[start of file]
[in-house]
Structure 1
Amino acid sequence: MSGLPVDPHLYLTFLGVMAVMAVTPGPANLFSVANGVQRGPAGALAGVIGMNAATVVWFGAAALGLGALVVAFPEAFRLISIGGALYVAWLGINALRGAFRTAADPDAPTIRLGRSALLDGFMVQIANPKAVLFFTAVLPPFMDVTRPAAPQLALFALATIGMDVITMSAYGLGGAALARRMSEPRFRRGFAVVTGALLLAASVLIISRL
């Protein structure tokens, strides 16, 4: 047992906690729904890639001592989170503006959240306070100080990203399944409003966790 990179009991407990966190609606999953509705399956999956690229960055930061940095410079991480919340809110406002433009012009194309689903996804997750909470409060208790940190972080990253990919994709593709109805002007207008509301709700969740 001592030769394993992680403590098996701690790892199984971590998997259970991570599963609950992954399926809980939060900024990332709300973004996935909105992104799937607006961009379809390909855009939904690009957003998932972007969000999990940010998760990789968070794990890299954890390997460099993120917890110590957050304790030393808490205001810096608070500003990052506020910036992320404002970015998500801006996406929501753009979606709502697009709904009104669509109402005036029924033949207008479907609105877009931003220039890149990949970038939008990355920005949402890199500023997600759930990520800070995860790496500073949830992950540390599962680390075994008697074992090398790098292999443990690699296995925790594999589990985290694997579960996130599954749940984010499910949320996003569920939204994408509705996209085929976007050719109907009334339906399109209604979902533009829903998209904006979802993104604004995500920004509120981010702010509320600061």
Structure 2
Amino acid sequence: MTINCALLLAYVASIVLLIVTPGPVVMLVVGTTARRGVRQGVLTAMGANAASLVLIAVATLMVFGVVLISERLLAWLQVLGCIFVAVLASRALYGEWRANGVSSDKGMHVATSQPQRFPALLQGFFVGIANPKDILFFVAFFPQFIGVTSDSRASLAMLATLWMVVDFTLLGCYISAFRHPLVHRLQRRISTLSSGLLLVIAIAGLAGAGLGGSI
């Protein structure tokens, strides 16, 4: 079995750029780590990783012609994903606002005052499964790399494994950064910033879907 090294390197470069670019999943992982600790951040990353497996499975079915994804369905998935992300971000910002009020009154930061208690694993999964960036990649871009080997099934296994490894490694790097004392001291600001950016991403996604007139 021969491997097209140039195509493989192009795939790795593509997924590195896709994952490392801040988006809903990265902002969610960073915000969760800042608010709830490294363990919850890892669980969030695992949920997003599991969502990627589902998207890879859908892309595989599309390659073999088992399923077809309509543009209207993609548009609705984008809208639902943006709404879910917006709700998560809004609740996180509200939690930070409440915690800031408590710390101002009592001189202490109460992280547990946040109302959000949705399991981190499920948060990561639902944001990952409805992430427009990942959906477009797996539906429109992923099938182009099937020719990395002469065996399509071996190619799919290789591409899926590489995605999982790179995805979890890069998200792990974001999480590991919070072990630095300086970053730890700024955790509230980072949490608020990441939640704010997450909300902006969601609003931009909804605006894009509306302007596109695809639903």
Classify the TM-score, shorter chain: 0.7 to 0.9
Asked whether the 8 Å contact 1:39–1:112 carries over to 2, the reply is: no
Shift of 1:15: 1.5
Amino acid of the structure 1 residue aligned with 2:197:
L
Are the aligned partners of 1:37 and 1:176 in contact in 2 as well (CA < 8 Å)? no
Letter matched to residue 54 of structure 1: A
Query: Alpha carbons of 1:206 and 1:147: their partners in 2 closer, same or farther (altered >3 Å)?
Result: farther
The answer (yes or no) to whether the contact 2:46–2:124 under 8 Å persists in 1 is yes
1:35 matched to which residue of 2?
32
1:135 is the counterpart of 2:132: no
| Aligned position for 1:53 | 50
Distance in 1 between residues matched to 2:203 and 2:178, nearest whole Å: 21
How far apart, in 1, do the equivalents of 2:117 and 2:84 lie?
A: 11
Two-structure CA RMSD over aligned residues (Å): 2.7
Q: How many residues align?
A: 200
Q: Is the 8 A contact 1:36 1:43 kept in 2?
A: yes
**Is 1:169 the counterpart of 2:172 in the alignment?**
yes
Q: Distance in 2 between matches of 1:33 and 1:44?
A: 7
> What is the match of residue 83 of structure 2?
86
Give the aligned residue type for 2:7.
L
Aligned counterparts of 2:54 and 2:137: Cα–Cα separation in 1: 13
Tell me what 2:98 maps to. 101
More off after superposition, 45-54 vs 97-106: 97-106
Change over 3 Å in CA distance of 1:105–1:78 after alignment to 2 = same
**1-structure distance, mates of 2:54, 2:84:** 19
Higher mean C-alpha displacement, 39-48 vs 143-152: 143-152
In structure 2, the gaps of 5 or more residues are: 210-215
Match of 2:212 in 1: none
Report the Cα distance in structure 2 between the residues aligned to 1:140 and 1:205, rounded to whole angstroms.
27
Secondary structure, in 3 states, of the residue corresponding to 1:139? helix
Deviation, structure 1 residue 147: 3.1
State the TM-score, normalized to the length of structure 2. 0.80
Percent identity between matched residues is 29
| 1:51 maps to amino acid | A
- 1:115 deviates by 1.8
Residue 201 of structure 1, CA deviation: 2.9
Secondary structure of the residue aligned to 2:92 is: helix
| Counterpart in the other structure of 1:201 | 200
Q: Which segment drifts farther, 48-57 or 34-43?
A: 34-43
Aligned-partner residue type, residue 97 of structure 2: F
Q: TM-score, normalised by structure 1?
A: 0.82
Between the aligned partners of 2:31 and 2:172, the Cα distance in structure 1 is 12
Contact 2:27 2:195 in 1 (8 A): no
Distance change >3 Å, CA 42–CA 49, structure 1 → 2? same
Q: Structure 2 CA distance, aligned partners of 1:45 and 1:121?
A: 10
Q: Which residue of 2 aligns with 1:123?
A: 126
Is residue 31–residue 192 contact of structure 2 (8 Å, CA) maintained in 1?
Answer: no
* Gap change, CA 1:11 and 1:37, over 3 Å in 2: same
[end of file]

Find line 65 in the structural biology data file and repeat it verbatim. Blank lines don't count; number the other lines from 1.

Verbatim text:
Q: Structure 2 CA distance, aligned partners of 1:45 and 1:121?